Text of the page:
Who better than a cardiologist to unpack the many dimensions of love, the emotion that has long been depicted as emanating from the heart?
A comprehensive, multifaceted exploration into the nature of love is precisely what Dr. Armin A. Zadeh, who is both a cardiologist and a professor at Johns Hopkins University, offers in his new book, The Forgotten Art of Love: What Love Means and Why It Matters. We hope you’ll enjoy this short excerpt.
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Essentially everything we think and do can be done with love in mind. However, to be aware of this every minute of every day is enormously hard. Unless we were raised to focus on love, it requires extensive training of our brain. That is why Erich Fromm [author of the 1956 classic The Art of Loving] considered love an art — and I agree.
To master the art of love, we must remain focused on love and reject competing impulses. Like any demanding skill, it takes considerable time, practice, and focus. Many struggle to learn it well, and only a few become expert.
For most of us, it’s easy to stay focused on love when our minds are not challenged by other strong drives. Everybody knows the feeling of wanting to kiss the entire world when something exciting happens, like completing a marathon or having a baby. We typically feel empathetic and generous in these moments because our egotistic drives are satisfied and not competing with the drive to love.
By the same token, it is easier to be loving when our minds are not preoccupied with work problems, how to pay the rent, or other survival challenges, because such worries trigger potentially hostile survival instincts.
Even under the best of circumstances, it requires an enormously disciplined mind and typically years of training to focus on love all the time. As with all brain processes, the practice of loving may be conscious or unconscious. In the learning phase, our active involvement in loving may require conscious effort. Eventually, however, it becomes second nature. We don’t have to identify and reject our egotistic impulses anymore: they lose their power over us, and we are naturally guided by our concern for others.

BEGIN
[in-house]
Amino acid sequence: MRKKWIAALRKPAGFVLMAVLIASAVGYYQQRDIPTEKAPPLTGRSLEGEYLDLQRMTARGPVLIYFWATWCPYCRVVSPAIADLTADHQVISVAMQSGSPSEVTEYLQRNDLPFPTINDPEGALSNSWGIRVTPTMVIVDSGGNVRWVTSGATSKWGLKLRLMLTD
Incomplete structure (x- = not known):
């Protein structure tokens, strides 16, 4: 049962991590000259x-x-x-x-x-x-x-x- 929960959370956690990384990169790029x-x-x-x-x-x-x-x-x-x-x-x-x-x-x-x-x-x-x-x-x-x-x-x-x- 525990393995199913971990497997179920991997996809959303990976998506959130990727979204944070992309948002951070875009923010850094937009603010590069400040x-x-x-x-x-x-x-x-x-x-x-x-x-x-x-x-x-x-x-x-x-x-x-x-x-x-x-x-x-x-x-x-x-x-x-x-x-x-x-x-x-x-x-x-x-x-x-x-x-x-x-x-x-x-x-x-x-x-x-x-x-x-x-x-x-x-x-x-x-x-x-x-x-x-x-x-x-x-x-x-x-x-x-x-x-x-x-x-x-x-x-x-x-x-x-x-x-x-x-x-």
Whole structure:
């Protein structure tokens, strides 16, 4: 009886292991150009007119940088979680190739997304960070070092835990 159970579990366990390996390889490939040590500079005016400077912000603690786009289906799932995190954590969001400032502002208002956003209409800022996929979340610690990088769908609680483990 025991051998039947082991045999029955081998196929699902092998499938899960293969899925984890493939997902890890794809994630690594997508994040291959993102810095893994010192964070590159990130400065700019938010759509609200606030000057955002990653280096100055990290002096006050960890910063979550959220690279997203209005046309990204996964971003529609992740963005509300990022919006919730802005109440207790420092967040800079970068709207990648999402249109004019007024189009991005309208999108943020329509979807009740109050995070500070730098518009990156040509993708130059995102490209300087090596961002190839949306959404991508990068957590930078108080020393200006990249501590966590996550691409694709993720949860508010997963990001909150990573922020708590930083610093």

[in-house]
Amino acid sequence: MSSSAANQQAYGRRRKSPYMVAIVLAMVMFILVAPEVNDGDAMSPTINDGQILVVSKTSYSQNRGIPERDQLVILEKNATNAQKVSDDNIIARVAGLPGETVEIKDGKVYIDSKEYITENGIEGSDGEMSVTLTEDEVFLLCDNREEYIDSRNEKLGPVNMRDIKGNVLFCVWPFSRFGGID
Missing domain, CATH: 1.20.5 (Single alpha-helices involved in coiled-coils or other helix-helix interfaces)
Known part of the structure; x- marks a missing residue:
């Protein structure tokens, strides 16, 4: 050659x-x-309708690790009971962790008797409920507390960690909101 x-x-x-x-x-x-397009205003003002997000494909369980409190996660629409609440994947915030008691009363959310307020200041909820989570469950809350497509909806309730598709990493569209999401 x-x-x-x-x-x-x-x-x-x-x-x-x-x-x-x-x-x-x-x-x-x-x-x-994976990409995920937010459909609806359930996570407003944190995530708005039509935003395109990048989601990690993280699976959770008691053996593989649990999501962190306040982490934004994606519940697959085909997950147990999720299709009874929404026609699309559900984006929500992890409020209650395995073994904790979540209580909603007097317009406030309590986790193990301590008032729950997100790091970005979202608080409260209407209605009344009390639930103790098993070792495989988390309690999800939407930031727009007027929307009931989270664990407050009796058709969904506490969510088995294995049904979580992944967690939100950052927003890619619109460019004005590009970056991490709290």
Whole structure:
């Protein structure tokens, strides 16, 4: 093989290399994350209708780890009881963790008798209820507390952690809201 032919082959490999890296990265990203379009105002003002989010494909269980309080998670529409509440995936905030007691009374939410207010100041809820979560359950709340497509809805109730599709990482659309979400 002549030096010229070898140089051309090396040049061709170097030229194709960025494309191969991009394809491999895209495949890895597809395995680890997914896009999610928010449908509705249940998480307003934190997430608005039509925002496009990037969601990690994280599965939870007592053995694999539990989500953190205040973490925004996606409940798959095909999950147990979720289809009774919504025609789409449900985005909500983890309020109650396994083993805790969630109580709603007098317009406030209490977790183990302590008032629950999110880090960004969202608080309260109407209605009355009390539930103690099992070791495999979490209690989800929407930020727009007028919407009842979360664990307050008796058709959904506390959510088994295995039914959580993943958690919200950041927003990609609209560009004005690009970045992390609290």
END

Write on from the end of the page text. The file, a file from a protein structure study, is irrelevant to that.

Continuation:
To some people, being consistently loving comes effortlessly. It is conceivable that such people have inherently less pronounced egotistic and competitive drives that allow their compassionate impulses to prevail. Others may have had parents who taught them in childhood to suppress egotistic thoughts and actions. As a result, these individuals may have learned to prioritize loving without being aware of it.
The challenge of maintaining a focus on love helps explain our fascination with falling in love. Not only is this state of mind associated with unparalleled elation, but it is entirely effortless! We don’t have to do anything to fall in love. It just happens, often unexpectedly. No wonder we perceive falling in love as magical: we feel totally changed from one moment to another without doing a thing.
Falling in love results from a combination of factors, some inherent and some cultural, triggered by physical and emotional attraction to somebody. Like most human drives, the effects of falling in love come about without our active involvement. And as with most of those other human drives, the sensations associated with falling in love eventually cease: they last only until they have fulfilled their (evolutionary) purpose.
In contrast, actual love does not cease unless we let it. While falling in love is a passive phenomenon, actual love generally requires our active focus on love and our active rejection of competing impulses. This explains why we resist discounting falling in love as mere infatuation and are tempted to equate it with true love. Wouldn’t it be nice if true love were the powerful force seen in the movies, which simply comes over us and lasts forever?
Love is indeed an amazing and powerful force, but we don’t get it for free. Like most great things in life, we have to earn it, by training our minds to reject competing impulses. Our drive to love seems to be the default setting of our mind. If we remove egotistic impulses, love will take their place. The cliché of loving from the bottom of your heart holds true in the sense that you find love if you remove all the other stuff.
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Armin A. Zadeh, MD, PhD, is the author of The Forgotten Art of Love. He is a professor at Johns Hopkins University with doctoral degrees in medicine and philosophy as well as a master’s degree in public health. As a cardiologist and a scientist, Dr. Zadeh knows, from firsthand experience, about the close relationship between heart disease and the state of the mind. Visit him online at www.theforgottenartoflove.com.
Excerpted from the book The Forgotten Art of Love. Copyright © 2017 by Armin A. Zadeh.